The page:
Jazz, in the key of Twitter

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Musicians’ union panel targets marketing


  • From left, Andre Kimo Stone Guess, Camille Thurman, Christian McBride and moderator Todd Weeks talk about marketing jazz in a changing, and already challenging, music industry. Photo: James K. Galloway


Talent will get you so far as a jazz musician. But fluency with social media is increasingly important in finding and developing an audience.

That was one of the takeaways of a panel discussion last month hosted by a local musicians union that took up the changing approaches to success in an evolving jazz music industry.

Two jazz legends led the talk, which was attended by about 40 people at the Local 802 Club Room on West 48th Street. Camille Thurman, an accomplished, in-demand singer and saxophonist, and Christian McBride, one of the best known jazz bassists in the industry — and a five-time Grammy winner — sat at the front of the room with Andre Kimo Stone Guess, McBride’s manager.

The 10th installment of Jazz Mentors, moderated by Todd Weeks, principal business representative of the Associated Musicians of Greater New York, American Federation of Musicians Local 802, touched on issues such as sustainability, social media presence and quality representation.

“This is a marathon,” Guess said at the June 29 panel. “It’s about finding a lifestyle that being a musician can sustain, and then doing what it is that’s going to make you happy within it.”

Guess said musicians can support themselves in that manner, but in order to take one’s career to the next level, a musician must discover and be aware of their own unique strategic advantages and play to those strengths.

“This is true of anything in life,” Guess said. “What is it you can do that’s different than most people can do?”

Thurman, however, initially took a different approach, and cited her own experience coming up as a saxophonist. She said women face greater scrutiny and must therefore go to greater lengths to prove themselves. She said she wanted to be respected first for her playing, and concealed her ability to sing for a long time, until a mentor finally heard her and asked why she would sit on such a gift.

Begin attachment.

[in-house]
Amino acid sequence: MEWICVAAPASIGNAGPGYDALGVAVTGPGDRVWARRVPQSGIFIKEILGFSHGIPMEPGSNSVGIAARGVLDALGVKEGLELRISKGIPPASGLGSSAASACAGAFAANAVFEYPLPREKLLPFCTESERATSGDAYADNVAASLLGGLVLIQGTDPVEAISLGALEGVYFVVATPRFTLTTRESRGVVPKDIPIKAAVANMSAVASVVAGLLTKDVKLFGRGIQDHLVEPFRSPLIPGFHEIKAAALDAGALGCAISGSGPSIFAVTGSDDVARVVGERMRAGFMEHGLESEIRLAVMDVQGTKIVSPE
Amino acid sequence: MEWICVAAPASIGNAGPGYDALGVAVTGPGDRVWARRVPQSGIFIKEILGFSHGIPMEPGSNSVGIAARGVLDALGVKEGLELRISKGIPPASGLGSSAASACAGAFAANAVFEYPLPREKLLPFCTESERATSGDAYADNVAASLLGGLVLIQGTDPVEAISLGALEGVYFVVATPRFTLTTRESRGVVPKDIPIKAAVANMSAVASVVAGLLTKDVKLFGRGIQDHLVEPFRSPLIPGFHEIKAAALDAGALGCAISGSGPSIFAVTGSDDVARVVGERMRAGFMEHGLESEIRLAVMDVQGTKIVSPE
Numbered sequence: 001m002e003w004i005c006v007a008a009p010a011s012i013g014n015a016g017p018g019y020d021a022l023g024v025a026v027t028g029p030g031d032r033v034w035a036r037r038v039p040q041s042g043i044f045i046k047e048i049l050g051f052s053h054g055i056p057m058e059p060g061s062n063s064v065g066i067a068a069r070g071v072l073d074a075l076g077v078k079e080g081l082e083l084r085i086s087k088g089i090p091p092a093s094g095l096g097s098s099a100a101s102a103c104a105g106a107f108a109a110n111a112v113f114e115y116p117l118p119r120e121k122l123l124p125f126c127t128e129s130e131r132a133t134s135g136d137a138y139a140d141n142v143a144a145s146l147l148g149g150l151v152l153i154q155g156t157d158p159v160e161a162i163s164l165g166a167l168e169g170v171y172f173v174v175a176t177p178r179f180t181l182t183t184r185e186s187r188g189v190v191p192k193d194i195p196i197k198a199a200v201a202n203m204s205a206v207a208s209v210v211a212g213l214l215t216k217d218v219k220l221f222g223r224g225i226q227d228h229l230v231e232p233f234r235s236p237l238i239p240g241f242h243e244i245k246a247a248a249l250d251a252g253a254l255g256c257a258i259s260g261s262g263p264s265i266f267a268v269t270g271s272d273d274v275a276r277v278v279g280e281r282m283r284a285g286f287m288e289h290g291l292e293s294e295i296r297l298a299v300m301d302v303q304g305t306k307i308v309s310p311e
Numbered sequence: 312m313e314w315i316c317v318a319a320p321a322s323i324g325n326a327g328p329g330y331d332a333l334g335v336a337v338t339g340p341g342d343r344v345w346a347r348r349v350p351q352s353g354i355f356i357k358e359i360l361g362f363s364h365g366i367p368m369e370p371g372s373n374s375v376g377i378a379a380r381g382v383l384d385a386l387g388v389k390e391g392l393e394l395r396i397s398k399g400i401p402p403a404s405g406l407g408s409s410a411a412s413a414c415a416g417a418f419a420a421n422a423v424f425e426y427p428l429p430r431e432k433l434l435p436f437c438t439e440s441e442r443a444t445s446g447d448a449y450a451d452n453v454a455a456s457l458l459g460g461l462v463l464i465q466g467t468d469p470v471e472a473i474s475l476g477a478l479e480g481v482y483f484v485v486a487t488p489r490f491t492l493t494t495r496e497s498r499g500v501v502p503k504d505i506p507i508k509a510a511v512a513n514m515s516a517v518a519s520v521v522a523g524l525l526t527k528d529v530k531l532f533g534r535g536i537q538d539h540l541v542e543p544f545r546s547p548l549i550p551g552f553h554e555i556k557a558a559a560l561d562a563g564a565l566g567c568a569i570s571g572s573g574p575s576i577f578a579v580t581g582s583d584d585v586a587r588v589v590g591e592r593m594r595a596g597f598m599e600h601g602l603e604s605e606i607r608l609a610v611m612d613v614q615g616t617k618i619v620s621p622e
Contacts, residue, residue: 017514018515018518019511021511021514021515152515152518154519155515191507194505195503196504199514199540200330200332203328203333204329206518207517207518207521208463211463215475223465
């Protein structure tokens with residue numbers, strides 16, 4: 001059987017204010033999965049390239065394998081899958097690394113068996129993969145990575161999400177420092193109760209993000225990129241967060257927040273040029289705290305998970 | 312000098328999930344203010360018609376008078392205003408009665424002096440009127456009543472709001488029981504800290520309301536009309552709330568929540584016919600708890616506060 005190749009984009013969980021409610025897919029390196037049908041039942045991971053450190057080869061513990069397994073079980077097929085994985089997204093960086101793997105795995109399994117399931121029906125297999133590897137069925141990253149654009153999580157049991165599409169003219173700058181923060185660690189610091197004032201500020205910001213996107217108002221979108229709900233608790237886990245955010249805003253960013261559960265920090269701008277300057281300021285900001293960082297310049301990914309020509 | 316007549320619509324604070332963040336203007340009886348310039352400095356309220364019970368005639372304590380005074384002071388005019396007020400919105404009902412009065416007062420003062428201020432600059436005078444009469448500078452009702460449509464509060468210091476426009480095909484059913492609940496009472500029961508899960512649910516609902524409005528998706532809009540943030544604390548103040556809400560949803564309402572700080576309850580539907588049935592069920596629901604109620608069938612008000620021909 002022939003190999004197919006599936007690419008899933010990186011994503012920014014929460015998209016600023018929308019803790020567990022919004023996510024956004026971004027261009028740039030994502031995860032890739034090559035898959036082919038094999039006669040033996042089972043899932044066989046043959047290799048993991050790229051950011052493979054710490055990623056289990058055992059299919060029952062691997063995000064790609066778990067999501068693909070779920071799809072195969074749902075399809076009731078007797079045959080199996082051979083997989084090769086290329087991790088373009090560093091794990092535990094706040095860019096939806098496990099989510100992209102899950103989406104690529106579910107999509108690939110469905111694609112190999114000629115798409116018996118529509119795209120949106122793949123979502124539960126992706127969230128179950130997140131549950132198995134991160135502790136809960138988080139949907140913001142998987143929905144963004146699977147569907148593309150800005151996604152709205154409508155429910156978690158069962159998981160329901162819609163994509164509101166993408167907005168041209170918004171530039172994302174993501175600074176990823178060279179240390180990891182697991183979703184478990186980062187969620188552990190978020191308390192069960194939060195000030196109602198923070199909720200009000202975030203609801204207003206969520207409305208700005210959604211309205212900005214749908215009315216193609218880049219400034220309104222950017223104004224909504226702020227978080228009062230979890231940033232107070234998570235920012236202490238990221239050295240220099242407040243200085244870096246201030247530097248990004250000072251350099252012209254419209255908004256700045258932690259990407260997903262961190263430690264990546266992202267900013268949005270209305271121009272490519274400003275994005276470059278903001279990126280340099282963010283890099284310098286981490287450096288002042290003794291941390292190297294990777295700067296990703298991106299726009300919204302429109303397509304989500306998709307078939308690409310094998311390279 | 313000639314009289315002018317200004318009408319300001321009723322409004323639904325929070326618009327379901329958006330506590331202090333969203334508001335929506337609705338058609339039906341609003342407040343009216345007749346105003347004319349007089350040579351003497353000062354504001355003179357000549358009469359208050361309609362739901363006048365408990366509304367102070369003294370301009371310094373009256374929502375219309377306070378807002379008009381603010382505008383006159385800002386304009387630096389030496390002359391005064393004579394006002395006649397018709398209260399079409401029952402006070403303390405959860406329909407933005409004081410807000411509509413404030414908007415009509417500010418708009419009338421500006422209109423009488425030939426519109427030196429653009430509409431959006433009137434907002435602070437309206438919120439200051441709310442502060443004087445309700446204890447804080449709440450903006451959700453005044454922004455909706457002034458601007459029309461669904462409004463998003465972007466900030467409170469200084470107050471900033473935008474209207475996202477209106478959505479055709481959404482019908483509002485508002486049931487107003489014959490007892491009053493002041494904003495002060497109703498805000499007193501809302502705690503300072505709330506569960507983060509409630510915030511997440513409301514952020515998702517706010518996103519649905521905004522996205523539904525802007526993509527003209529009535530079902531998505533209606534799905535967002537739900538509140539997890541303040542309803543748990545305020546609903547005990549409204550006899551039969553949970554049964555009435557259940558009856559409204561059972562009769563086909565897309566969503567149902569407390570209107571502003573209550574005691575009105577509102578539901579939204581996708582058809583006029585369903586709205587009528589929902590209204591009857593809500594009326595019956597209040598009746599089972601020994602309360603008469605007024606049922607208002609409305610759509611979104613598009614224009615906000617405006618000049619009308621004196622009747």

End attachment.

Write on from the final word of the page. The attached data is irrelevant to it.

“Because I want to be able to be respected for playing,” Thurman said. “She was like ‘don’t you realize you’re sitting on a freaking land mine? The fact that you can both, and it’s not that you just sing. You sing as a horn player, and that’s unique and rare.’”

Even though now Thurman is well-known as a saxophonist and singer, she made her way using traits she and the other speakers agreed is appropriate for jazz: being a capable musician, being known by fellow musicians as a reliable sideman, and being willing to play other people’s music without necessarily being the star of the show.

But the music business is changing so rapidly under the pressure of Facebook, Twitter and YouTube, in addition to streaming services like Spotify and Soundcloud, that a musician’s approach inevitably forks out to appease the changing landscape, if their careers were not already born out of it.

One must focus on their craft but also — as Weeks pointed out and Guess confirmed — balance time spent on their musicianship with the added work of cultivating of an online audience, to grow their brand not only through album releases, but by amassing followings in places that did not matter 10 years ago, and on sites that might not have existed 10 years ago.

Guess said it is important to understand the strengths and weaknesses of each social platform. And use them to create a narrative consistent with the product — in this case, the music — being put out.

“For people who don’t know you — if they come, and they hear your song — and during, they like it, well when they come to find out who you are on whatever your social platform is, the message they get when they get there needs to be consistent with the feeling they got when they heard it.”

Guess added that it is better not to fixate on “Likes” which he compared to the euphoric rush of crack-cocaine, but to focus instead on creating content people will like.

Many musicians do not have the luxury of dismissing the necessity of micromanaging their social media presence. Even McBride, one of the world’s most prolific jazz performers, said he avoids politics online, choosing instead to limit his presence to information, positivity and humor.

Negative comments on Facebook are predictable, McBride said, but in the music business so are predatory “managers” and agents.

“As much as jazz is struggling,” McBride said, “there sure are a lot of managers.”

People laughed at McBride’s dry delivery.

“I heard about a manager who charged for a meeting,” McBride said. “’If you want to meet with me, I charge $125 an hour.’ That’s what we’re dealing with out here!”

Guess concluded by saying he would never accept payment exceeding that of his clients’ and it would be inappropriate for him to get paid for a gig, if a client does not.

Weeks said another talk is being planned for September. More information will be posted to the union website, local802afm.org, as the date draws near.

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